Most commuters see no improvement to train services, despite fares rising

Most commuters see no improvement to train services, despite fares rising

Only one in five commuters have seen a service improvement

Tuesday, January 16, 2018

The vast majority of rail commuters believe there has been no improvement in their train service during the past year, despite the much-criticised rise in rail fares. 

Around 67% of commuters think the service from their train company has stayed the same and 13% believe it has got worse, research for consumer group Which? found.

Just one in five respondents have noticed an improvement.

Southern achieved a customer satisfaction score of just 28%, putting it in last place for the third year running in the annual survey, after a string of delays caused by strike action over the last year.

The operator scored just one star out of five for value for money, reliability and punctuality, and two stars for all other categories. More than a third of Southern commuters think the service has got worse in the past 12 months.

Grand Central topped the Which? table, receiving an overall score of 64% and four stars in all categories. A total of 2,865 UK commuters were polled in October and November.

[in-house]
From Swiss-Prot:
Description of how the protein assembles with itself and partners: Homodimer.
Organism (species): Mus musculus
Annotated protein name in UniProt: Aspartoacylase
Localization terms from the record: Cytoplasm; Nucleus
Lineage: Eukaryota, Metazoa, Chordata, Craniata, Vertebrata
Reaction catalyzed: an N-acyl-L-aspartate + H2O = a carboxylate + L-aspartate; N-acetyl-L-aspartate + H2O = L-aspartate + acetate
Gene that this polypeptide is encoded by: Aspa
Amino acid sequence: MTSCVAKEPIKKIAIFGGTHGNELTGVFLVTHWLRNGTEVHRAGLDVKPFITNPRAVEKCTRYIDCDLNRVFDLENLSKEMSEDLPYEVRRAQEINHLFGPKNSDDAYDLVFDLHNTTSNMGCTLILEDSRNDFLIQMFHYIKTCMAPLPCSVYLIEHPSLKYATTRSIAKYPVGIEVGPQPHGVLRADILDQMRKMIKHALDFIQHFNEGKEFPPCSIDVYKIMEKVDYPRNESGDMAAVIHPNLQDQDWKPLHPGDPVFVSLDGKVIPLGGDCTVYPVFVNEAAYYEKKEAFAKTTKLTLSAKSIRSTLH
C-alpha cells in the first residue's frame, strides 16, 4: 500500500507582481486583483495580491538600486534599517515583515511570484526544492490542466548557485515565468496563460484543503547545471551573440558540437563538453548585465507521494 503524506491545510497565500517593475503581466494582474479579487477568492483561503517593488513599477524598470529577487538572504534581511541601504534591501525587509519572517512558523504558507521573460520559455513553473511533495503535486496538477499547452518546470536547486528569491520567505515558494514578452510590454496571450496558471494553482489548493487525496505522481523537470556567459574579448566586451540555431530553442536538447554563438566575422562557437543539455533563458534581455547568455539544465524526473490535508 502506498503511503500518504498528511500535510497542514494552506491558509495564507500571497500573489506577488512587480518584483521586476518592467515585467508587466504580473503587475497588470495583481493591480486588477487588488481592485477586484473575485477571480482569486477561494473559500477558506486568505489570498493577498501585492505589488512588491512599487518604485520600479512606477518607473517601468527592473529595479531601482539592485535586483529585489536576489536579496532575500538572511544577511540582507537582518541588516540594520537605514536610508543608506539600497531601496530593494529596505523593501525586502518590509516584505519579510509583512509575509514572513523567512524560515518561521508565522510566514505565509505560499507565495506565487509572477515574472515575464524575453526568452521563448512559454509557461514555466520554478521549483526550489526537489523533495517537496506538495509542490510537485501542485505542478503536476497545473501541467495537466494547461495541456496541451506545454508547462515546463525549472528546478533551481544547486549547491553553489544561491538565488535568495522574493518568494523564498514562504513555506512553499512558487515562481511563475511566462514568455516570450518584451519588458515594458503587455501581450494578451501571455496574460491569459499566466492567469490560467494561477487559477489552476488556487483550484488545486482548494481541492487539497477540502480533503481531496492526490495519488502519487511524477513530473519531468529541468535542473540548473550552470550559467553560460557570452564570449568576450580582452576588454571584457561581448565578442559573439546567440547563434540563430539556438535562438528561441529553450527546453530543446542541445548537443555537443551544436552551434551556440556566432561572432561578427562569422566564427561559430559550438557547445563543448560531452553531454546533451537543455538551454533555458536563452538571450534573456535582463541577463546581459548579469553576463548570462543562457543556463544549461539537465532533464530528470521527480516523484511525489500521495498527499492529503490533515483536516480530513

Alex Hayman, managing director of public markets for Which?, said: "Fares are going up but frustrated and long-suffering passengers affected by seemingly never-ending delays, cancellations and dirty trains don't feel that their services are getting any better.

"The problems don't stop there. People are also finding it difficult to claim compensation when things go wrong. Automatic compensation must be introduced across the industry so that people can get the money they are owed.

The National Audit Office said last week that the Department for Transport made decisions in setting up the Thameslink, Southern and Great Northern franchise which "have negatively impacted on passengers."

Passenger watchdog Transport Focus is also due to release passenger satisfaction figures in two weeks' time, after gaining responses from roughly 25,000 rail travellers.